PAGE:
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The dark fleet explained

Uncover the different risk profiles of the dark fleet

 

More than three years ago, the term “dark fleet” emerged when tankers started turning off their vessel-tracking transponders to conceal the origin and destination of US-sanctioned oil. This evasive tactic, known as “going dark,” quickly became associated with the growing fleet of tankers involved in shipping Iranian and Venezuelan oil. However, “going dark” is just one of several deceptive shipping practices identified.

The dark fleet now consists of over 450 tankers, as more vessels attempt to evade international restrictions. Nevertheless, these vessels no longer fall under a broad, catch-all category of “dark fleet.” Compliance teams should be particularly vigilant about certain tankers’ practices and apply distinct risk profiles based on their characteristics.

For an in-depth analysis of the various nuances within the dark fleet, download the Lloyd’s List Intelligence whitepaper. Gain insights into which vessels warrant the highest level of concern.

To monitor dark tankers and assess their varying levels of risk, utilize sophisticated tools like Seasearcher Advanced Risk & Compliance. This platform introduces market-first features to compliance teams in the maritime industry, offering a validated perspective on maritime trading risk and previously inaccessible context. Professionals benefit from time and effort savings in conducting sanctions compliance checks, investigations, and monitoring vessels for illicit activities such as high-risk port callings and dark ship-to-ship transfers.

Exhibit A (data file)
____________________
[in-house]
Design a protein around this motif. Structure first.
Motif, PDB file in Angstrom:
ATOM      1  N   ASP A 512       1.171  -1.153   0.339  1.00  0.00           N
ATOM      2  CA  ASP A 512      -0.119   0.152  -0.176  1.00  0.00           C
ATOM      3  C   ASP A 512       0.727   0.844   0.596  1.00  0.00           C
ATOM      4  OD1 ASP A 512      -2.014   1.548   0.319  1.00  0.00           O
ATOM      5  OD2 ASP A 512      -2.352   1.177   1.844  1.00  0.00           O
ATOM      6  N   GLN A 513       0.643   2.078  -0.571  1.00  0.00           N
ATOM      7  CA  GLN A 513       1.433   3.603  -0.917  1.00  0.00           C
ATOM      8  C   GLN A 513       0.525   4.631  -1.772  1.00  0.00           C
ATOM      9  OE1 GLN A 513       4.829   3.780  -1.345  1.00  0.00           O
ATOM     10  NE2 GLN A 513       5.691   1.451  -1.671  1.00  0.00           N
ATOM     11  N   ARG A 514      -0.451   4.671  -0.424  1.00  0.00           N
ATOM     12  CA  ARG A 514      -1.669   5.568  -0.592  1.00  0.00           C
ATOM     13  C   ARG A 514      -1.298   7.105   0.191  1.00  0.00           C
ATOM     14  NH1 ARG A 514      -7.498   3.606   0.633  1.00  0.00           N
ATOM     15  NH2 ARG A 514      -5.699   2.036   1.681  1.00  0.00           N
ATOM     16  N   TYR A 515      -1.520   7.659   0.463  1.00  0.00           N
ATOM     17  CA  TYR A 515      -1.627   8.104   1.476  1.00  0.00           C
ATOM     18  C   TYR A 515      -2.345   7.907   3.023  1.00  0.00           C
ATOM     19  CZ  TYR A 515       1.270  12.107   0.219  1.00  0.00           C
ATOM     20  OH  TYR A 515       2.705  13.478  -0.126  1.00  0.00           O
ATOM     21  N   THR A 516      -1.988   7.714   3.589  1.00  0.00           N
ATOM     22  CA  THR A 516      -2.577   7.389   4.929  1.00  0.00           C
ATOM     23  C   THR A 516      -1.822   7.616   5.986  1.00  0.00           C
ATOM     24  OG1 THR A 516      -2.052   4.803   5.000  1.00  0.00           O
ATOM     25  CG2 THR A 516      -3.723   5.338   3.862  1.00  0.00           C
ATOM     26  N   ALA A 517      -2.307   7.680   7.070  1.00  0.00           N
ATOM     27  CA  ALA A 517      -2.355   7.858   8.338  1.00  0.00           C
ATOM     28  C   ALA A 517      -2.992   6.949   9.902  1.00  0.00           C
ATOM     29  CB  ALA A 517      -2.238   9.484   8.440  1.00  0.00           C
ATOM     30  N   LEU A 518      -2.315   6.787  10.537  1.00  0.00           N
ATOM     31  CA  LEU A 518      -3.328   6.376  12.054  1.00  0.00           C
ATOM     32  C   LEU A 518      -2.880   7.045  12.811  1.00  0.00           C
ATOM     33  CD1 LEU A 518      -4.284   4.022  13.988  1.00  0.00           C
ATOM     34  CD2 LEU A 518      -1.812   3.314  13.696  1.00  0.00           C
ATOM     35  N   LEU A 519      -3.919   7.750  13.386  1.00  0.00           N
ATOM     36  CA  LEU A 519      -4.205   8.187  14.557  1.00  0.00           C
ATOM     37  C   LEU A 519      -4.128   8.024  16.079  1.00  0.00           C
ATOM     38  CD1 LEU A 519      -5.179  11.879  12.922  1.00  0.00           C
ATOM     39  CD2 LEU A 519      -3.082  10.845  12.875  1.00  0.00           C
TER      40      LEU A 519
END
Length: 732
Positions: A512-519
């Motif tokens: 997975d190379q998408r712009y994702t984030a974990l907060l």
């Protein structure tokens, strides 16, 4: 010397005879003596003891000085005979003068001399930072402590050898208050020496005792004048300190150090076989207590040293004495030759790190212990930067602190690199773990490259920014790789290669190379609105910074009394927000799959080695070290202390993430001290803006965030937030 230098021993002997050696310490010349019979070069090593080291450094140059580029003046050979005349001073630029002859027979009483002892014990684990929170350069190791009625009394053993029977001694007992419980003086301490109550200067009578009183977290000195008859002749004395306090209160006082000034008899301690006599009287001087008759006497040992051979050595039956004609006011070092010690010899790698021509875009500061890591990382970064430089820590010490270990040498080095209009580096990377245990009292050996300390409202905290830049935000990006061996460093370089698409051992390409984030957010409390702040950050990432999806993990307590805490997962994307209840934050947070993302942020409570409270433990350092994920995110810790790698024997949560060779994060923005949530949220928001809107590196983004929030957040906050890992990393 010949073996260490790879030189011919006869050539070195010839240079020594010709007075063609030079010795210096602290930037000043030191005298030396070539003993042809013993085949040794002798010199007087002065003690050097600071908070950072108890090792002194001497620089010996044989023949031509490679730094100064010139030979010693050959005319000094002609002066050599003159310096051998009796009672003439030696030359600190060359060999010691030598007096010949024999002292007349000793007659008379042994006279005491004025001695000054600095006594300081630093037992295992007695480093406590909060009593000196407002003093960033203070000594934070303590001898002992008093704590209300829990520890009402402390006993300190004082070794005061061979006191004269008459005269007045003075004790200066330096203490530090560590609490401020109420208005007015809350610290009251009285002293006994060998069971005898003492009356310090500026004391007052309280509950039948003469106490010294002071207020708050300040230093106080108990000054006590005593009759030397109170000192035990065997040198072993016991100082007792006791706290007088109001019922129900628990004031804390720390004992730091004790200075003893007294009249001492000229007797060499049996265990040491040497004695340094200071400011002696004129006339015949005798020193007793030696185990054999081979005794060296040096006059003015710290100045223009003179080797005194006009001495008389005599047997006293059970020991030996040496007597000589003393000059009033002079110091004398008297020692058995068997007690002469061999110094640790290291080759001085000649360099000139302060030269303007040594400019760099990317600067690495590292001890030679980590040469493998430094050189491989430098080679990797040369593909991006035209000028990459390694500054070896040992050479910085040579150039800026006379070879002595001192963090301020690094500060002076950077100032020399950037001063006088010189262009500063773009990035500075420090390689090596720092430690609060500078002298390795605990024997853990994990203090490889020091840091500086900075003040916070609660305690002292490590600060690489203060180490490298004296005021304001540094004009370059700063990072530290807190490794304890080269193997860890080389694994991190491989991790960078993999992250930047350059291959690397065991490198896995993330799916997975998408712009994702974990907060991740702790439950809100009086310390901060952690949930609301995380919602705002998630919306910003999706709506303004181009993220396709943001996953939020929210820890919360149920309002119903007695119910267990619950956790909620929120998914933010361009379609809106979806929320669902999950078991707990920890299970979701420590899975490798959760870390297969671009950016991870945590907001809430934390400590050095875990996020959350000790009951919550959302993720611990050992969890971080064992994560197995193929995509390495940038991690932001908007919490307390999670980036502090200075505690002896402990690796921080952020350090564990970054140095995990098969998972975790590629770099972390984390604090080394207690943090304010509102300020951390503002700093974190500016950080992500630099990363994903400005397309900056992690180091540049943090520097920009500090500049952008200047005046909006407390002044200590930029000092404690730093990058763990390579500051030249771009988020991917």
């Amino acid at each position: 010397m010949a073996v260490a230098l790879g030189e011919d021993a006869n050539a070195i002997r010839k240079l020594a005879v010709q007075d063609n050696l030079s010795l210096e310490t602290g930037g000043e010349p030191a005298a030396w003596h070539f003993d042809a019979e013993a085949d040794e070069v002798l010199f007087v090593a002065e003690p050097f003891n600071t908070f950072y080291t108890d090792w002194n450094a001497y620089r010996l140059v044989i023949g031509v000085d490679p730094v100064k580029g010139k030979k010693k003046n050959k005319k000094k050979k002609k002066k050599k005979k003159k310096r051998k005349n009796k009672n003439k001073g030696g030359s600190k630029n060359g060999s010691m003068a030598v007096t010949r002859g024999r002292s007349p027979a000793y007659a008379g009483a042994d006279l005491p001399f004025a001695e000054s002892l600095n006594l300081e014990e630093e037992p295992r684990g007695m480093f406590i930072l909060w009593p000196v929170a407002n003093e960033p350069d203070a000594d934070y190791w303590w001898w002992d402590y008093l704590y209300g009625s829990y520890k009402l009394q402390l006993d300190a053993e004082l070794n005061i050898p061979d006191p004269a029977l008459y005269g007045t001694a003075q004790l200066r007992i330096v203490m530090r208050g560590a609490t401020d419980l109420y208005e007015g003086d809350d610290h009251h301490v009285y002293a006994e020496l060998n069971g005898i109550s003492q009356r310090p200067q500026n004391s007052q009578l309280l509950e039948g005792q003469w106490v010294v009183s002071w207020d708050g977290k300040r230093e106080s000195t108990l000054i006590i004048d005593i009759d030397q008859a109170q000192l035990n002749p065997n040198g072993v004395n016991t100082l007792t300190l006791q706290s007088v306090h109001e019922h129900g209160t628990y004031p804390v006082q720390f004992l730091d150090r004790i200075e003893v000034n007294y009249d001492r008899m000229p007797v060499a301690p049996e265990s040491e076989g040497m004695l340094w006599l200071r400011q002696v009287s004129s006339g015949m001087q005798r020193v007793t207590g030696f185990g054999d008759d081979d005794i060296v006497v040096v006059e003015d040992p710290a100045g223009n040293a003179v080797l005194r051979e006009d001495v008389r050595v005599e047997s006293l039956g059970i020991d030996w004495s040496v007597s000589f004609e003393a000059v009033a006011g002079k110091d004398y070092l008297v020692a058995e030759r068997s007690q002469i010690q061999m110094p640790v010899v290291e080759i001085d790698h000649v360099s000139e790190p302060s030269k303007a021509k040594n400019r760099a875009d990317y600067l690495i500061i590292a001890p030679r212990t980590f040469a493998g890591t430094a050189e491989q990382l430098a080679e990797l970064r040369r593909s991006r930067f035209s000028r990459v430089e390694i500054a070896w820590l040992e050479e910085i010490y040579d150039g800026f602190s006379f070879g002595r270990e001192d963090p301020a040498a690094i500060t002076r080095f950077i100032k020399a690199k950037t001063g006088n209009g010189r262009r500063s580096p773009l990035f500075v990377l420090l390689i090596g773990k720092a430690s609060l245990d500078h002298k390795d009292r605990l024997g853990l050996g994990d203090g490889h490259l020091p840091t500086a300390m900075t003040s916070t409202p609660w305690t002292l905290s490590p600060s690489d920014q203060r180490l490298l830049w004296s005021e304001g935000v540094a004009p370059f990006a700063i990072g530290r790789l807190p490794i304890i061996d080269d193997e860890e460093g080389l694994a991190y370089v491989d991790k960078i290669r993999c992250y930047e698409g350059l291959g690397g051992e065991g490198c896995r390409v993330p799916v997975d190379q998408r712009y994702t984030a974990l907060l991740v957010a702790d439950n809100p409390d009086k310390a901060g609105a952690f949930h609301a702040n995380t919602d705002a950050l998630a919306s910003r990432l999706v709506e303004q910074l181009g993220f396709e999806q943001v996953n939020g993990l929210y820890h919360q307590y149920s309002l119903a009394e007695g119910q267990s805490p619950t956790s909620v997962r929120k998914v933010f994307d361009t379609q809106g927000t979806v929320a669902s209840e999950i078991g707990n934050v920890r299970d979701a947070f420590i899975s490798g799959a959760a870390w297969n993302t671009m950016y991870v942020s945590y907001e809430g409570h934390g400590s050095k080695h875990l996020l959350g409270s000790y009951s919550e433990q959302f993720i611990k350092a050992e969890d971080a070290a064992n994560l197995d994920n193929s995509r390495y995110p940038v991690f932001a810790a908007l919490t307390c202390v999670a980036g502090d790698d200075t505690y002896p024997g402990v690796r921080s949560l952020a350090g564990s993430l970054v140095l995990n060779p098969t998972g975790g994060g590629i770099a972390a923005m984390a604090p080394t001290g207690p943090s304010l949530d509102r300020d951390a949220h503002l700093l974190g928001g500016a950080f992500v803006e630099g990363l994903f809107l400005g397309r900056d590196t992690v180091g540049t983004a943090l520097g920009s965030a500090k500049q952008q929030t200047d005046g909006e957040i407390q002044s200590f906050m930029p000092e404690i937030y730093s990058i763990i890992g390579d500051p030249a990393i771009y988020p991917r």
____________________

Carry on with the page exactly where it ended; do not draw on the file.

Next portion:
Download whitepaper

 

For more information see n Lloyd’s List Intelligence www.lloydslistintelligence.com

Lloyd’s is the registered trademark of the Society Incorporated by the Lloyd’s Act 1871 by the name of Lloyd’s.

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